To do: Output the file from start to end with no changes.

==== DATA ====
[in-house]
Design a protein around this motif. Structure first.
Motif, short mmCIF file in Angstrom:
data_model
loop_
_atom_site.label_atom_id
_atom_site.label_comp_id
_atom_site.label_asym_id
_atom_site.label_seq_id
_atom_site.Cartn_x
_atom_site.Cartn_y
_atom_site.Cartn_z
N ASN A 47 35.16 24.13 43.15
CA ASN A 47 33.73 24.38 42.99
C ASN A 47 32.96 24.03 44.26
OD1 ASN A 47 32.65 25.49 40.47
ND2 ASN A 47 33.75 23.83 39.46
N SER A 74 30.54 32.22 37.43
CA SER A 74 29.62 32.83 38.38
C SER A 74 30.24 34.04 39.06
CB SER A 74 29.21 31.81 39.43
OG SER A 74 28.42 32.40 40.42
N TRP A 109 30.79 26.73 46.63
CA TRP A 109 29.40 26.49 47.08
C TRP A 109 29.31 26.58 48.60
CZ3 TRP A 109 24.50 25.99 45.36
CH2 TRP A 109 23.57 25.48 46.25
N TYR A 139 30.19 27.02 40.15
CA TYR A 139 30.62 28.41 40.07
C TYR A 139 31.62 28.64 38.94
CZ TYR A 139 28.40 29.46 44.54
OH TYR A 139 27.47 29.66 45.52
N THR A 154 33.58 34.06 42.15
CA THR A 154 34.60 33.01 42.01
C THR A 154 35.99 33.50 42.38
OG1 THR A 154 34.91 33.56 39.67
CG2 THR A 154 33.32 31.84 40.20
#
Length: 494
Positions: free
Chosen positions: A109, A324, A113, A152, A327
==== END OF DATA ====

[in-house]
Design a protein around this motif. Structure first.
Motif, short mmCIF file in Angstrom:
data_model
loop_
_atom_site.label_atom_id
_atom_site.label_comp_id
_atom_site.label_asym_id
_atom_site.label_seq_id
_atom_site.Cartn_x
_atom_site.Cartn_y
_atom_site.Cartn_z
N ASN A 47 35.16 24.13 43.15
CA ASN A 47 33.73 24.38 42.99
C ASN A 47 32.96 24.03 44.26
OD1 ASN A 47 32.65 25.49 40.47
ND2 ASN A 47 33.75 23.83 39.46
N SER A 74 30.54 32.22 37.43
CA SER A 74 29.62 32.83 38.38
C SER A 74 30.24 34.04 39.06
CB SER A 74 29.21 31.81 39.43
OG SER A 74 28.42 32.40 40.42
N TRP A 109 30.79 26.73 46.63
CA TRP A 109 29.40 26.49 47.08
C TRP A 109 29.31 26.58 48.60
CZ3 TRP A 109 24.50 25.99 45.36
CH2 TRP A 109 23.57 25.48 46.25
N TYR A 139 30.19 27.02 40.15
CA TYR A 139 30.62 28.41 40.07
C TYR A 139 31.62 28.64 38.94
CZ TYR A 139 28.40 29.46 44.54
OH TYR A 139 27.47 29.66 45.52
N THR A 154 33.58 34.06 42.15
CA THR A 154 34.60 33.01 42.01
C THR A 154 35.99 33.50 42.38
OG1 THR A 154 34.91 33.56 39.67
CG2 THR A 154 33.32 31.84 40.20
#
Length: 494
Positions: free
Chosen positions: A109, A324, A113, A152, A327